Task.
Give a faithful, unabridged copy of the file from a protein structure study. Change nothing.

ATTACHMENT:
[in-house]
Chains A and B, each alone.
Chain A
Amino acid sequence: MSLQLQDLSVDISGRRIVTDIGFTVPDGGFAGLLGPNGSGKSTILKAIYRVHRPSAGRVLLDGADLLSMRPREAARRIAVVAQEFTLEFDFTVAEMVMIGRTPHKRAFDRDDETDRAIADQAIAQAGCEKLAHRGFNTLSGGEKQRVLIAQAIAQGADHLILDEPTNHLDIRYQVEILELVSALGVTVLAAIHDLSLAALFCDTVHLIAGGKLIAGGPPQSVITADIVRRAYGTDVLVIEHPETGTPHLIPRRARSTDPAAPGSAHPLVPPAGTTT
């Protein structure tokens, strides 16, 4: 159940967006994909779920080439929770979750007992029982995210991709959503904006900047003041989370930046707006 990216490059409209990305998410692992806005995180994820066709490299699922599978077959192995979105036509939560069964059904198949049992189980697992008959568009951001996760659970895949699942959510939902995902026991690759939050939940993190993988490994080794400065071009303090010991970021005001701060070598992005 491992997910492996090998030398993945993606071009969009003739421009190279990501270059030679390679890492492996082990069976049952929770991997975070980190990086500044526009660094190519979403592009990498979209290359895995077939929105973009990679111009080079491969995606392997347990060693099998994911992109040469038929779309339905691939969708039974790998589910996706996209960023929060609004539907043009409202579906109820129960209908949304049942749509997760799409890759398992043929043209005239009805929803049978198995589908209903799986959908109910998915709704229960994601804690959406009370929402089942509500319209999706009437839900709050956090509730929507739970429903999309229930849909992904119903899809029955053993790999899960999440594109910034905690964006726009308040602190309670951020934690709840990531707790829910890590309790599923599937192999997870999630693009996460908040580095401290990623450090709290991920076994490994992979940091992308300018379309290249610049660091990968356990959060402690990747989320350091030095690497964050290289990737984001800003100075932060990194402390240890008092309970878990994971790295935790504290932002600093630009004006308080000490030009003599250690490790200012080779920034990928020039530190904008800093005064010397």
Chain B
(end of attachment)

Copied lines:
[in-house]
Chains A and B, each alone.
Chain A
Amino acid sequence: MSLQLQDLSVDISGRRIVTDIGFTVPDGGFAGLLGPNGSGKSTILKAIYRVHRPSAGRVLLDGADLLSMRPREAARRIAVVAQEFTLEFDFTVAEMVMIGRTPHKRAFDRDDETDRAIADQAIAQAGCEKLAHRGFNTLSGGEKQRVLIAQAIAQGADHLILDEPTNHLDIRYQVEILELVSALGVTVLAAIHDLSLAALFCDTVHLIAGGKLIAGGPPQSVITADIVRRAYGTDVLVIEHPETGTPHLIPRRARSTDPAAPGSAHPLVPPAGTTT
């Protein structure tokens, strides 16, 4: 159940967006994909779920080439929770979750007992029982995210991709959503904006900047003041989370930046707006 990216490059409209990305998410692992806005995180994820066709490299699922599978077959192995979105036509939560069964059904198949049992189980697992008959568009951001996760659970895949699942959510939902995902026991690759939050939940993190993988490994080794400065071009303090010991970021005001701060070598992005 491992997910492996090998030398993945993606071009969009003739421009190279990501270059030679390679890492492996082990069976049952929770991997975070980190990086500044526009660094190519979403592009990498979209290359895995077939929105973009990679111009080079491969995606392997347990060693099998994911992109040469038929779309339905691939969708039974790998589910996706996209960023929060609004539907043009409202579906109820129960209908949304049942749509997760799409890759398992043929043209005239009805929803049978198995589908209903799986959908109910998915709704229960994601804690959406009370929402089942509500319209999706009437839900709050956090509730929507739970429903999309229930849909992904119903899809029955053993790999899960999440594109910034905690964006726009308040602190309670951020934690709840990531707790829910890590309790599923599937192999997870999630693009996460908040580095401290990623450090709290991920076994490994992979940091992308300018379309290249610049660091990968356990959060402690990747989320350091030095690497964050290289990737984001800003100075932060990194402390240890008092309970878990994971790295935790504290932002600093630009004006308080000490030009003599250690490790200012080779920034990928020039530190904008800093005064010397």
Chain B